Fourth, defendant's counsel claims that starting the retrial within approximately 7 weeks of the declaration of the mistrial (with jury selection occurring earlier) denies counsel adequate time to prepare. This premise is belied by defense counsel's own words in his Motion for Continuance and by his contemporaneous and subsequent conduct. Said Motion clearly establishes that the five defense attorneys of record believe that they have adequate time to prepare "substantial motions and briefings to the Court seeking dismissal of the Indictment on various grounds" (doc. no. 865 at ¶ 19), including a third round of motions to suppress and motions to dismiss and another Rule 29 motion based upon the government's closing argument, and examinations of alleged "deliberate Brady violations"; coupled with a third motion to recuse and appeal to the Court of Appeals following defendant's professed belief that the motion to recuse will be denied ( "the defense will be moving this Court to recuse itself from further proceedings and intends to seek review by the Third Circuit Court of Appeals if the Court declines, as expected, to recuse itself.") (Doc. no. 865 at ¶ 20). It would surely take less time to prepare and re-try this case than to engage in a third round of motions, largely draping old objections in new clothes, and intensive efforts to again attempt to disrupt and halt this case.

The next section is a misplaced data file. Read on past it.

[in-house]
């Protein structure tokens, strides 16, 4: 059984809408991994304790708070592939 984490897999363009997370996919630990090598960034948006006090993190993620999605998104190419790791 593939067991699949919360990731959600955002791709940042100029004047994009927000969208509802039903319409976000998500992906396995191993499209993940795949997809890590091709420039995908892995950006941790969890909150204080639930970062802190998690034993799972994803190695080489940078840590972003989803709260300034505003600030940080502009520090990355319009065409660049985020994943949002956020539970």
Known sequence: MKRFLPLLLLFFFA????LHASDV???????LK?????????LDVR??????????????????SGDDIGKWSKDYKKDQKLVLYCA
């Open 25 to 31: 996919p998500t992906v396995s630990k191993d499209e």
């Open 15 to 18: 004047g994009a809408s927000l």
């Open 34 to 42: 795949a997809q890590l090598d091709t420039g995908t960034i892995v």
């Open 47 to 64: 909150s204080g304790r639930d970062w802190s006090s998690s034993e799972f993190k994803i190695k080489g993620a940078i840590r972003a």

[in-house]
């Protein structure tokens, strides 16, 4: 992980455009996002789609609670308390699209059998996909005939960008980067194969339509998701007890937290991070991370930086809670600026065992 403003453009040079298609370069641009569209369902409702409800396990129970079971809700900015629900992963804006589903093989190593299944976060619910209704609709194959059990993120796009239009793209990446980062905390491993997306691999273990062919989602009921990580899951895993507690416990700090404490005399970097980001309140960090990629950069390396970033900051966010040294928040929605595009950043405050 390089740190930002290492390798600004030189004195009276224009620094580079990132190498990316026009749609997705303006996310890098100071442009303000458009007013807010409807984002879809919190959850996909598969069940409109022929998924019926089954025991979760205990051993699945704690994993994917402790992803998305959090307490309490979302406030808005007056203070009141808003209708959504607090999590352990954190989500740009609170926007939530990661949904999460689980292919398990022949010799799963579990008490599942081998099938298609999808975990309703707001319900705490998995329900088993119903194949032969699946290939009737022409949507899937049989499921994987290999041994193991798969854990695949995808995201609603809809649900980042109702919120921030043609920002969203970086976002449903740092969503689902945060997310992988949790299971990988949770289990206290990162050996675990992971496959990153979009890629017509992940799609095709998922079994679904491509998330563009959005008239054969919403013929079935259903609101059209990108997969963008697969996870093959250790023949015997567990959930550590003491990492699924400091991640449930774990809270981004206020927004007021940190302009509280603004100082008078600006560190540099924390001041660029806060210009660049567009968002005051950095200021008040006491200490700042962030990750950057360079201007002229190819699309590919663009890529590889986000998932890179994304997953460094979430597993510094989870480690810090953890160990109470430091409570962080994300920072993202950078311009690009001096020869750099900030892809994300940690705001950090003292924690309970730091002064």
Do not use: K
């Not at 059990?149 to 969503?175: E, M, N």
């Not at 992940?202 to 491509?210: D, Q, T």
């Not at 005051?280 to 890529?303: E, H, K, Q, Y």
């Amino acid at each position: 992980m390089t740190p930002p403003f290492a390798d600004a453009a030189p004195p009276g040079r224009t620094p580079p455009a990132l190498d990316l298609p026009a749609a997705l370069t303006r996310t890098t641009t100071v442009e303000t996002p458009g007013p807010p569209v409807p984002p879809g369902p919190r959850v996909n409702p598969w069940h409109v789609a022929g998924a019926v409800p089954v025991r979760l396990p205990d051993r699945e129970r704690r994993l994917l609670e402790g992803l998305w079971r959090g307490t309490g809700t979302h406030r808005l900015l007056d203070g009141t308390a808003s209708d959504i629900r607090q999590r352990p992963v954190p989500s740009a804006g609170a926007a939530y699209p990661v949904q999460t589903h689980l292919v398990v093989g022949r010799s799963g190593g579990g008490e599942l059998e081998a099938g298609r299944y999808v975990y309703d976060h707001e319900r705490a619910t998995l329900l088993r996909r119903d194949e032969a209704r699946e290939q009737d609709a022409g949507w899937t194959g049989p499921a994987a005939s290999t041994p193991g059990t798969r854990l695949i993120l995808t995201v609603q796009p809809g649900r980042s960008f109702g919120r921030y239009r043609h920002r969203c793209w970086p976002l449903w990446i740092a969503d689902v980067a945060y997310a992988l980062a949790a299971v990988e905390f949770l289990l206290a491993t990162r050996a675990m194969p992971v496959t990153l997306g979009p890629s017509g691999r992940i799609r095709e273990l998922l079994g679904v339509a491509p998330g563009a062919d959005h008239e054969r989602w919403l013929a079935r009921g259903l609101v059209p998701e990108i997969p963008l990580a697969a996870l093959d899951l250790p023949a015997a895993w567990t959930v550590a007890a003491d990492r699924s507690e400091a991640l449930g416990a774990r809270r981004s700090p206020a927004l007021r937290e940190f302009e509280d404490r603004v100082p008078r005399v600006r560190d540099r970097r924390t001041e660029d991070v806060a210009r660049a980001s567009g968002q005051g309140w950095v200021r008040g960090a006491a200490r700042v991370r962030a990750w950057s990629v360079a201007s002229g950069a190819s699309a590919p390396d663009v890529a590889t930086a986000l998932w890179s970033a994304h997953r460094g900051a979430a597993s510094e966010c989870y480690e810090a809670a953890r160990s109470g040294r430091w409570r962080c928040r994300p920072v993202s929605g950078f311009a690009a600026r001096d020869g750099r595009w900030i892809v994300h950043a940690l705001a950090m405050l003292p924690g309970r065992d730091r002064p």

Further, the significant expenditure of attorney and the defendant's own time in interviews with local newspapers, radio and television broadcasts, and late night talk shows demonstrates that the defense team has more than sufficient time to plan and implement their relentless media activities, time which certainly could be spent preparing for retrial. (See. e.g., Government's Brief in Response to Defendant's Motion for Continuance at Docket No. 865 (doc. no. 873), at 2, n.1, and Exhibit C, for a representative smattering of the defendant's public comments, and those of his attorneys, since declaration of the retrial on April 8, 2008, which comments arguably were made in disregard of Local Rule 83.1, as modified by the United States Court of Appeals for the Third Circuit in Wecht, 484 F.3d at 201-206, regarding extra-judicial comments by parties and litigants to proceedings before the United States District Court for the Western District of Pennsylvania.)

Additionally, preparation for retrial should be straightforward. The jury questionnaire, jury selection procedure, voir dire examination, preliminary jury instructions, and final jury instructions have been extensively briefed and rulings made thereon. Defense counsel also is now in a substantially more informed position, having heard the direct testimony of the government's 41 witnesses once, and having already extensively cross-examined said witnesses with grand jury testimony and FBI ...